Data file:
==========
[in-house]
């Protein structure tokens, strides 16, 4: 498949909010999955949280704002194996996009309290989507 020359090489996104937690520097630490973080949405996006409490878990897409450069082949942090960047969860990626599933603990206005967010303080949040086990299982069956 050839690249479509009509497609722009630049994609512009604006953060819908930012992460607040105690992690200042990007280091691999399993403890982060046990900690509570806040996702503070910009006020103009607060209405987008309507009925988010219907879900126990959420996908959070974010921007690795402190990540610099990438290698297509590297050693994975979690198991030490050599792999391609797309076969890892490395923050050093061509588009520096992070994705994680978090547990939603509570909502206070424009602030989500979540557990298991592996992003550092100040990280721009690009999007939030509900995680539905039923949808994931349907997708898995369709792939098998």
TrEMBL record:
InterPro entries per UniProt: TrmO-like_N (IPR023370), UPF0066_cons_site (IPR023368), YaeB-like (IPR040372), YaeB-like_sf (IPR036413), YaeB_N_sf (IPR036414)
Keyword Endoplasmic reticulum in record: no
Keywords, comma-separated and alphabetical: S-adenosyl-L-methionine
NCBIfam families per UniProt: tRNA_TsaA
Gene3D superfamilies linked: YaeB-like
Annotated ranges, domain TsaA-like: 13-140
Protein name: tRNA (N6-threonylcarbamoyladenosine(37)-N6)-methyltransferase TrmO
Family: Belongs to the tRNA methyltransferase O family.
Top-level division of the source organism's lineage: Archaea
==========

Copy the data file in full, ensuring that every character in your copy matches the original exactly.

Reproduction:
[in-house]
């Protein structure tokens, strides 16, 4: 498949909010999955949280704002194996996009309290989507 020359090489996104937690520097630490973080949405996006409490878990897409450069082949942090960047969860990626599933603990206005967010303080949040086990299982069956 050839690249479509009509497609722009630049994609512009604006953060819908930012992460607040105690992690200042990007280091691999399993403890982060046990900690509570806040996702503070910009006020103009607060209405987008309507009925988010219907879900126990959420996908959070974010921007690795402190990540610099990438290698297509590297050693994975979690198991030490050599792999391609797309076969890892490395923050050093061509588009520096992070994705994680978090547990939603509570909502206070424009602030989500979540557990298991592996992003550092100040990280721009690009999007939030509900995680539905039923949808994931349907997708898995369709792939098998």
TrEMBL record:
InterPro entries per UniProt: TrmO-like_N (IPR023370), UPF0066_cons_site (IPR023368), YaeB-like (IPR040372), YaeB-like_sf (IPR036413), YaeB_N_sf (IPR036414)
Keyword Endoplasmic reticulum in record: no
Keywords, comma-separated and alphabetical: S-adenosyl-L-methionine
NCBIfam families per UniProt: tRNA_TsaA
Gene3D superfamilies linked: YaeB-like
Annotated ranges, domain TsaA-like: 13-140
Protein name: tRNA (N6-threonylcarbamoyladenosine(37)-N6)-methyltransferase TrmO
Family: Belongs to the tRNA methyltransferase O family.
Top-level division of the source organism's lineage: Archaea